Small, but mighty bonus: I-bonds. Another inflation-protected Treasury security with some strong inflation-protection properties is I-bond, Unlike TIPS, I-bonds pay a fixed rate and interest based on the rate of inflation. As of 12/15/21, I-Bonds pay a remarkable 7.12% introductory interest rate. This rate is good till April 2022. I-bond interest is federally taxable, but not subject to state and local income taxes. You can cash them at face value after 1 year. If you cash them out before 5 years, you lose 3 months of interest. They can be purchased electronically Treasury Direct, up to $10,000 per calendar year.
Gold: All That Shines, Gold has historically been regarded as an inflation hedge, although it is probably better suited as a currency hedge. There are several ways to invest in gold, such as the base metal, or ETFs that buy the base metal. GLD, To buy gold mining stocks or a fund or ETF that miners buy. But is it a hedge? On August 15, 1971, Richard Nixon announced that he had removed America from the gold standard. Since that time, we have faced some serious bouts of inflation. according to a study by Robert Arnotte, gold sometimes works and sometimes doesn’t:
During the time frame of 1973-79. Gold easily outperformed inflation, REITs and commodities. However, gold actually had negative returns during the inflationary period, in the next two rounds, 1980-84 and 1988-91. If we measure from the time the US dropped the gold standard, gold returned from 1971-2019, 10.61%, slightly less than a stock or commodity. For a fun look at more than 3,000 years of gold, check out this of Claude Erb paper.
Small Cap Stocks. The principle here is simple: Smaller companies are more nimble and can increase prices to customers more easily. History seems to bear this out when comparing inflation-adjusted returns from 1969:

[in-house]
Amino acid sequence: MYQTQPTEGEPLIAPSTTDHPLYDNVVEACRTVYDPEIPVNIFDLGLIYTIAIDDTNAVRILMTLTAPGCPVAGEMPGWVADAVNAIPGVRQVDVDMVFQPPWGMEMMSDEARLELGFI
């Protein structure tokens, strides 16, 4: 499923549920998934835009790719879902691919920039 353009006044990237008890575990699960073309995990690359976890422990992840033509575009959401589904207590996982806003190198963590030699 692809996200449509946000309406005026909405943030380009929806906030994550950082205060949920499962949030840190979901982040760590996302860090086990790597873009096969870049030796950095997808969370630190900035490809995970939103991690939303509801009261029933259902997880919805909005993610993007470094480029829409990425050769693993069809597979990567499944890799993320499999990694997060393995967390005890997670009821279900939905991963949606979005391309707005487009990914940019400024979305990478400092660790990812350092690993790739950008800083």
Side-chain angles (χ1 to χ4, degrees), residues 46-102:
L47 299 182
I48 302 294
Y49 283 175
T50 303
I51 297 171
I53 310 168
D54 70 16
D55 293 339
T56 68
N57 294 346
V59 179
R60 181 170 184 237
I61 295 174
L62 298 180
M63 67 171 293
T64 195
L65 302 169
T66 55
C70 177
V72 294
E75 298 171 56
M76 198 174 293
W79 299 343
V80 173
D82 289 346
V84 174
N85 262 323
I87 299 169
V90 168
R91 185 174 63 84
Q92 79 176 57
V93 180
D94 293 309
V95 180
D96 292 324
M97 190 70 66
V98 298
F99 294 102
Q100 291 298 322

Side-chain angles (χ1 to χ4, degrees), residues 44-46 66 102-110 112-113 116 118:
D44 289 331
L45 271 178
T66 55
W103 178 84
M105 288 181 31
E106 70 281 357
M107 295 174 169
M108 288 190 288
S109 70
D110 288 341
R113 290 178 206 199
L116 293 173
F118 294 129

natural resources, Natural resources are widely considered an inflation hedge because increases in raw material prices are related to inflation. There is a difference between underlying commodities and commodity producers. Manufacturers behave more like stocks. In the high inflationary period of 1973–79 and in 1988–1991, commodities outperformed inflation. In the period 1980–1984, commodities had positive returns, but failed to keep pace with inflation.
Real Estate: They’re not building anything more than this. In each of the three high inflationary periods over the past 50 years, only real estate investment trusts (REITS) has provided higher returns than inflation. Real estate rents and real estate values tend to rise in times of inflation, which gives a REIT a steady cash flow rate. REITs can be invested in the REIT itself, or through a fund or ETF. REITs also have special tax treatment, which can convert after-tax returns into taxable accounts.
Bottom line: diversification. Whether we’re in a period of sticky or slippery inflation (or both), diversification makes sense. Remember to rebalance your portfolio, some of the weight may be shifted to small caps, real estate and commodities. Also, don’t forget I-bonds: 7.12% on government security is great. As always, I’ll try to answer questions: [email protected]